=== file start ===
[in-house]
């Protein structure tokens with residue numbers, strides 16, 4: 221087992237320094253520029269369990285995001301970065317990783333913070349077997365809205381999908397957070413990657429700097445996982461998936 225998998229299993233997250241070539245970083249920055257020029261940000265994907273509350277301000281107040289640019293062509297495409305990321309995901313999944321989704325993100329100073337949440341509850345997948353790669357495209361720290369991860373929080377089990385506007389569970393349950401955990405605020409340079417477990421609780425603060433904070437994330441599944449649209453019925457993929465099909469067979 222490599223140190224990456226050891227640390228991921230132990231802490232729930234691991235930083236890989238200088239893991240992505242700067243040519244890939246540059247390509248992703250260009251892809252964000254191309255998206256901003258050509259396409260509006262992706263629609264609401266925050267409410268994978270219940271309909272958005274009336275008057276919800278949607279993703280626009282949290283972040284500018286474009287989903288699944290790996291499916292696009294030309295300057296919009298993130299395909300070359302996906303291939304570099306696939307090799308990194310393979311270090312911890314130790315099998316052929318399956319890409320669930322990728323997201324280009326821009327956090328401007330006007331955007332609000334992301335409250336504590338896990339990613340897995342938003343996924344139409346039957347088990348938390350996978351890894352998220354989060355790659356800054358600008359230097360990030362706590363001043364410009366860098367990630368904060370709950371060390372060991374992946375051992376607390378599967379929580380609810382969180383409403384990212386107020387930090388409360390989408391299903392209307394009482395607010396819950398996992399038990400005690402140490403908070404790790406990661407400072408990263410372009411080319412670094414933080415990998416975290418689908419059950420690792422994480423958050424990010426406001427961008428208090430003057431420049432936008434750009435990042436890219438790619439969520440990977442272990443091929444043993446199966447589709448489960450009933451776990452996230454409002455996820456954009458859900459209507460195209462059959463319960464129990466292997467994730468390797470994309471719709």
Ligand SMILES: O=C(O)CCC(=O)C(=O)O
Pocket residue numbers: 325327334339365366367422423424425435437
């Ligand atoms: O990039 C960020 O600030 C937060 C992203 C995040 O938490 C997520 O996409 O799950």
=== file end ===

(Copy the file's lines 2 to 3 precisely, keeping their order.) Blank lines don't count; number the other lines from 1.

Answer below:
């Protein structure tokens with residue numbers, strides 16, 4: 221087992237320094253520029269369990285995001301970065317990783333913070349077997365809205381999908397957070413990657429700097445996982461998936 225998998229299993233997250241070539245970083249920055257020029261940000265994907273509350277301000281107040289640019293062509297495409305990321309995901313999944321989704325993100329100073337949440341509850345997948353790669357495209361720290369991860373929080377089990385506007389569970393349950401955990405605020409340079417477990421609780425603060433904070437994330441599944449649209453019925457993929465099909469067979 222490599223140190224990456226050891227640390228991921230132990231802490232729930234691991235930083236890989238200088239893991240992505242700067243040519244890939246540059247390509248992703250260009251892809252964000254191309255998206256901003258050509259396409260509006262992706263629609264609401266925050267409410268994978270219940271309909272958005274009336275008057276919800278949607279993703280626009282949290283972040284500018286474009287989903288699944290790996291499916292696009294030309295300057296919009298993130299395909300070359302996906303291939304570099306696939307090799308990194310393979311270090312911890314130790315099998316052929318399956319890409320669930322990728323997201324280009326821009327956090328401007330006007331955007332609000334992301335409250336504590338896990339990613340897995342938003343996924344139409346039957347088990348938390350996978351890894352998220354989060355790659356800054358600008359230097360990030362706590363001043364410009366860098367990630368904060370709950371060390372060991374992946375051992376607390378599967379929580380609810382969180383409403384990212386107020387930090388409360390989408391299903392209307394009482395607010396819950398996992399038990400005690402140490403908070404790790406990661407400072408990263410372009411080319412670094414933080415990998416975290418689908419059950420690792422994480423958050424990010426406001427961008428208090430003057431420049432936008434750009435990042436890219438790619439969520440990977442272990443091929444043993446199966447589709448489960450009933451776990452996230454409002455996820456954009458859900459209507460195209462059959463319960464129990466292997467994730468390797470994309471719709």
Ligand SMILES: O=C(O)CCC(=O)C(=O)O